Sector Overview – Financial Market Operators

CME Group Inc (CME)

CME Group Inc is the behemoth in the financial market industry with a big focus on the commodity markets, although the company operates other markets too. It owns and operates large derivatives and futures exchanges in Chicago and New York City, as well as online trading platforms. In 2014, it gained regulatory approval to open a derivatives exchange in London. It also owns the Dow Jones stock and financial indexes, and CME Clearing Services, which provides settlement and clearing of exchange trades. The exchange-traded derivative contracts include futures and options based on interest rates, equity indexes, foreign exchange, energy, agricultural commodities, rare and precious metals, weather, and real estate.

From Yahoo! Finance:

CME Group Inc., through its subsidiaries, operates contract markets for the trading of futures and options on futures contracts worldwide. The company offers a range of products across various asset classes, based on interest rates, equity indexes, foreign exchange, energy, agricultural commodities, and metals. Its products include exchange-traded; and privately negotiated futures and options contracts and swaps. It executes trade through its electronic trading platforms, open outcry, and privately negotiated transactions, as well as provides hosting, connectivity, and customer support for electronic trading through its co-location services. The company also provides clearing and settlement services for exchange-traded contracts, as well as for cleared swaps; and regulatory reporting solutions for market participants through its global repository services in the United States, the United Kingdom, Canada, and Australia. In addition, the company offers a range of market data services, including live quotes, delayed quotes, market reports, and historical data service, as well as index services. CME Group Inc. serves professional traders, financial institutions, institutional and individual investors, corporations, manufacturers, producers, governments, and central banks. The company was formerly known as Chicago Mercantile Exchange Holdings Inc. and changed its name to CME Group Inc. in July 2007. CME Group Inc. was founded in 1898 and is headquartered in Chicago, Illinois.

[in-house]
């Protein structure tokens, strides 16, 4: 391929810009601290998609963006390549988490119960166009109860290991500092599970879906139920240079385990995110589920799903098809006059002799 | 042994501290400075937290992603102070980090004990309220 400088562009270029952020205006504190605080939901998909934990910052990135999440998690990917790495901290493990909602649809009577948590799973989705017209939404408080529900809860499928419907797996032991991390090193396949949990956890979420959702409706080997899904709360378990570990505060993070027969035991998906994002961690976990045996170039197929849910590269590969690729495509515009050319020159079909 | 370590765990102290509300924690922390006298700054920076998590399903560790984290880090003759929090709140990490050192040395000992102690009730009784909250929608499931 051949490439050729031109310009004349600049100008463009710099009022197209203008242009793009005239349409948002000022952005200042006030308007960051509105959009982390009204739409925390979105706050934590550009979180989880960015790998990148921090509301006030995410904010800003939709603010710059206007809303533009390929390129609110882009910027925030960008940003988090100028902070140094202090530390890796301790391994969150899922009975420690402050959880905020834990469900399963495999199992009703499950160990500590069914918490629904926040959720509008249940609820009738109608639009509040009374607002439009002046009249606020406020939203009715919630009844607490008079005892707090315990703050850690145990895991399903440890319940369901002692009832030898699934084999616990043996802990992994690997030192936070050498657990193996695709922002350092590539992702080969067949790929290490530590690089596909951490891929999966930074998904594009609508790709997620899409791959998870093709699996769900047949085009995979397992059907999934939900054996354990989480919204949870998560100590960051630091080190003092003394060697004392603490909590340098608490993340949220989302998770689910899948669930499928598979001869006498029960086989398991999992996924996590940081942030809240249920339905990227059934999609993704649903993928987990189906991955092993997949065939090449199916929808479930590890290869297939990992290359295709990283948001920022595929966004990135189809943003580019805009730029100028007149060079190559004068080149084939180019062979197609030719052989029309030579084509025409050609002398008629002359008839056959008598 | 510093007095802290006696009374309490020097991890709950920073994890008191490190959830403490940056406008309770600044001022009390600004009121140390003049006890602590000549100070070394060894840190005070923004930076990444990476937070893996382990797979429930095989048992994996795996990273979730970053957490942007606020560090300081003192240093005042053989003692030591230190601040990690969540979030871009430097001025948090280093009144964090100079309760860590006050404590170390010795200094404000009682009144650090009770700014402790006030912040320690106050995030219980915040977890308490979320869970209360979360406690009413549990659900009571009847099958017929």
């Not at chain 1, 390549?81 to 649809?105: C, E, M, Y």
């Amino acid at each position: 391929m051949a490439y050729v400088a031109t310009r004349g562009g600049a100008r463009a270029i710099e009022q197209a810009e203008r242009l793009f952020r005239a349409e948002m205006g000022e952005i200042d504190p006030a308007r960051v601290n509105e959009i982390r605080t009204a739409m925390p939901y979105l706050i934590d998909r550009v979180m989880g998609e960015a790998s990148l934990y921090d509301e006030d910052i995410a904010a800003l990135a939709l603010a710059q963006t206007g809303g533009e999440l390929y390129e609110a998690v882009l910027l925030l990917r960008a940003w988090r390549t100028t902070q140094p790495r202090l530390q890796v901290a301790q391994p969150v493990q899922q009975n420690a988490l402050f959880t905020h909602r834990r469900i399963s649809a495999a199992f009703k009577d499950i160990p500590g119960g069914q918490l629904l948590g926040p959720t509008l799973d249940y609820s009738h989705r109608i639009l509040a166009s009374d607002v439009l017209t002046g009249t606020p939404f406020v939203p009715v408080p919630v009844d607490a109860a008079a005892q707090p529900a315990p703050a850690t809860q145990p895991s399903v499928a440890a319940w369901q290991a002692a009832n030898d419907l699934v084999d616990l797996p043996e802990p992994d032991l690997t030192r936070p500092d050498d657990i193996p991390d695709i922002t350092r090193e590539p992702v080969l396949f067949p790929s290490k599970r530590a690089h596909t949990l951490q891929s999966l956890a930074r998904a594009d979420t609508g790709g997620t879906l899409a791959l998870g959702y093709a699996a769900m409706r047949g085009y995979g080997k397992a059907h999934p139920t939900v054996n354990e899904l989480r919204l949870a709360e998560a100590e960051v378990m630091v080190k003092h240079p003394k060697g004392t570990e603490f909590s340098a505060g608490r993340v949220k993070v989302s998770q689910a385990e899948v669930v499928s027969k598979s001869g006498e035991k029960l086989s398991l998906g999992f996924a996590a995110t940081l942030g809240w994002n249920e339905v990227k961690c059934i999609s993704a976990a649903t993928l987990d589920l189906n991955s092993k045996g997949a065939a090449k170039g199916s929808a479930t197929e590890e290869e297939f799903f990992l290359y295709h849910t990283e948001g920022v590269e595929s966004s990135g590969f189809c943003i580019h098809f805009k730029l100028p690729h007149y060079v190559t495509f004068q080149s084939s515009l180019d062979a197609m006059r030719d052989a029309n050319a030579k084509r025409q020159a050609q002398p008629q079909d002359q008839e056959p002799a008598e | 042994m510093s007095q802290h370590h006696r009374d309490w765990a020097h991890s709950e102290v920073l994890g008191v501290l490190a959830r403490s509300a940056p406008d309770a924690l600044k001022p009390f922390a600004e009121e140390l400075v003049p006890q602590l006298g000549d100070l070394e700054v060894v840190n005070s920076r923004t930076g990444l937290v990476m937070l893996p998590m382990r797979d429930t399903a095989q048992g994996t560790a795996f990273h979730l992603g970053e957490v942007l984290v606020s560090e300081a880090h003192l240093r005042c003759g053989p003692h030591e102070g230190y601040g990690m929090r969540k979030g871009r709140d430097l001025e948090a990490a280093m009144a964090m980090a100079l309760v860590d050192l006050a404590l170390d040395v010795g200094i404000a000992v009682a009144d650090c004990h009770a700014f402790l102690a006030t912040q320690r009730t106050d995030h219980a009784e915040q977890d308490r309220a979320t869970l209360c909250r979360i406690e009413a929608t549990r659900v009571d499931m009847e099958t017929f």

Intercontinental Exchange (ICE)

Intercontinental Exchange is the operator behind NYSE – the largest market in the world by market cap. But that is the one of the subsidiaries and ICE operators numerous other markets (23 in total), exchanges, clearing houses in a number of countries.

From Yahoo! Finance:

Intercontinental Exchange, Inc. operates regulated exchanges, clearing houses, and listings venues for financial and commodity markets in the United States, the United Kingdom, Continental Europe, Asia, Israel, and Canada. The company operates marketplaces for trading and clearing an array of derivatives and securities contracts across various asset classes, including energy and agricultural commodities, interest rates, equities, equity derivatives, credit derivatives, bonds, and currencies. It primarily provides trade execution, listing, price discovery and transparency, trade processing and repositories, clearing, benchmark administration, and market data services. The company operates exchanges and marketplaces, such as ICE Futures Europe, ICE Futures U.S., ICE Futures Canada, ICE Endex, NYSE Amex Options, NYSE Arca Options, and ICE Futures Singapore, as well as over-the-counter markets for physical energy and credit default swaps, and central counterparty clearing houses. It serves financial institutions, money managers, trading firms, commodity producers and consumers, institutional and individual investors, and other business entities. The company was founded in 2000 and is headquartered in Atlanta, Georgia.